The other day, we met a musical contemporary, and, it transpired, ex-squeeze of Bridport-born alt-rock high priestess and one-time Somerset-resident PJ Harvey. For some reason, we were visiting Yeovil in the company of a hard-left Labour councillor who’d also had a (less intimate) brush with Polly Jean back in the day, session musicianing on a track by her first band Automatic Dlamini in a past life as a pub rock guitarist.
His PJ Harvey anecdotes paled in comparison, though, to those the aforesaid luminary of Yeovil’s ‘80s music scene came toting when we rendezvoused with him in one of those shabby chic cafes rammed with coffee table books and noisy pushchairs. Having recently become quite taken with enigmatic Polly Jean and her music, we unsubtly grilled him for stories about the old days. He was startlingly forthcoming, claiming, among other things, that a fair wedge of Harvey’s debut album Dry was written about him and the disintegration of their relationship – including ‘Oh My Lover’, which never fails to floor us with its heaving intensity.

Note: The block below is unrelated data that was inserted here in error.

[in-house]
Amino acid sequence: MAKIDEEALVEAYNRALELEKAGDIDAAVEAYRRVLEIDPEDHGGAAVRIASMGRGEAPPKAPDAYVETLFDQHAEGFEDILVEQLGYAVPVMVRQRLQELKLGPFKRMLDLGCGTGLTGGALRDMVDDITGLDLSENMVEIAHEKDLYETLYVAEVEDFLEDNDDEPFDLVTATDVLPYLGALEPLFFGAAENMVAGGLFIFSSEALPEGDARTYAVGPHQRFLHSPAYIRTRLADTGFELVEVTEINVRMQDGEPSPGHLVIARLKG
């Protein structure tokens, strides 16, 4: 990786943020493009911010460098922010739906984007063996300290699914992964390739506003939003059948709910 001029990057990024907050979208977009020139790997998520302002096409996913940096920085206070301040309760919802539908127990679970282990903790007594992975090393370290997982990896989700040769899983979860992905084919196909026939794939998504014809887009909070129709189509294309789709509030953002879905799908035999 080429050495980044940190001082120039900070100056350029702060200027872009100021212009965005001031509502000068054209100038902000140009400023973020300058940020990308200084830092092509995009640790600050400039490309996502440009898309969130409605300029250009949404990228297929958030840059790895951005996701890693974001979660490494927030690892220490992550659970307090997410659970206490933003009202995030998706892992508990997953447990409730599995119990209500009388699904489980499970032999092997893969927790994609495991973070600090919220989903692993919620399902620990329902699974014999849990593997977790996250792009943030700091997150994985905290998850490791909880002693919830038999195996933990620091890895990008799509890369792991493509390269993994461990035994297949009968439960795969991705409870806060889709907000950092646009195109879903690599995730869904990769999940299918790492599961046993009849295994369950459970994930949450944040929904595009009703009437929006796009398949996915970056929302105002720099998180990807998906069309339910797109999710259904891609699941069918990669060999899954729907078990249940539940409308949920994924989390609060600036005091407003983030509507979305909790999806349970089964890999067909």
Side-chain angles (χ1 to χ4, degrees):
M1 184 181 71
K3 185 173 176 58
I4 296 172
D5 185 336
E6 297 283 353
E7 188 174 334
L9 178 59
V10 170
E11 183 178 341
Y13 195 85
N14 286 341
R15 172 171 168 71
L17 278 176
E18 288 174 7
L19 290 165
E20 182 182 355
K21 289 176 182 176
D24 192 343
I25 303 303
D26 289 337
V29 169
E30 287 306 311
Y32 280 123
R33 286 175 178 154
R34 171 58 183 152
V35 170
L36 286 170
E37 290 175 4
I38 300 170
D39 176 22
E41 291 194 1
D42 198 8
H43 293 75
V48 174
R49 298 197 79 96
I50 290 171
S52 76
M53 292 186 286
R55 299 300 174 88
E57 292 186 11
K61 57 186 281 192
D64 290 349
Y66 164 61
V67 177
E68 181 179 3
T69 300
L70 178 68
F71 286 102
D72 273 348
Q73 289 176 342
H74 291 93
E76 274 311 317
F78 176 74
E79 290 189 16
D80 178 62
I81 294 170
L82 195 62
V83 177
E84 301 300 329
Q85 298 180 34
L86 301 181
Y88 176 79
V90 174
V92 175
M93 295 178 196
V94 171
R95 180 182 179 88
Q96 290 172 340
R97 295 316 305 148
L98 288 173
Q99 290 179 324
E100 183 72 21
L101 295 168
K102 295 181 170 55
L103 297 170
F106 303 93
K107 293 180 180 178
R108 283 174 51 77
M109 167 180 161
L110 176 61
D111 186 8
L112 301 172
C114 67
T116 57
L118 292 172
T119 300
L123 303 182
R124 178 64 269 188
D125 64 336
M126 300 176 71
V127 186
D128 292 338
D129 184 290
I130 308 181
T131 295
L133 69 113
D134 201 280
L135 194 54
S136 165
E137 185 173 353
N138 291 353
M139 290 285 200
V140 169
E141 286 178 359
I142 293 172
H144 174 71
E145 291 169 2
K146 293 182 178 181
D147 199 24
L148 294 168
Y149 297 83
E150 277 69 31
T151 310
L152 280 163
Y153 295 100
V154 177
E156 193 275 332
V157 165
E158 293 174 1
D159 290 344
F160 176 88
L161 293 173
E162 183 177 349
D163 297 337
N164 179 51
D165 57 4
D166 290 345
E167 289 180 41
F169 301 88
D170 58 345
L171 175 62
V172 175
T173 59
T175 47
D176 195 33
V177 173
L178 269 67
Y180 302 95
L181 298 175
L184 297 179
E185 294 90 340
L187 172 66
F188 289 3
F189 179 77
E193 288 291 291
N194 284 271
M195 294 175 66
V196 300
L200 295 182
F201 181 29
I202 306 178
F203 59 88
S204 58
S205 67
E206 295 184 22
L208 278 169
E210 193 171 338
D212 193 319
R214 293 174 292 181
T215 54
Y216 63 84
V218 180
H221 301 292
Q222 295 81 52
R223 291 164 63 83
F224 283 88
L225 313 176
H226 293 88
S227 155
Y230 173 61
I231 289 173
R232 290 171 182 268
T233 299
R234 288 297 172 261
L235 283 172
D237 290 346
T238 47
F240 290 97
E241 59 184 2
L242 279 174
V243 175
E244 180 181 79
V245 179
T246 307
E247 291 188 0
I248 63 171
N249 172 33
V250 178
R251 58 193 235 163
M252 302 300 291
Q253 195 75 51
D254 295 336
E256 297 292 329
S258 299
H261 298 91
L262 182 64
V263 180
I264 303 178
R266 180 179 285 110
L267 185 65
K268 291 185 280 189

Truth be told, we left wondering whether there might be half a dozen middle-aged musos wandering around south Somerset telling anyone who’d listen that PJ Harvey albums were about them – but eventually decided it was very plausible. Polly herself has claimed that Dry was indeed inspired by a painful break-up, after all, and the gentleman himself certainly would’ve been in the right place at the right time.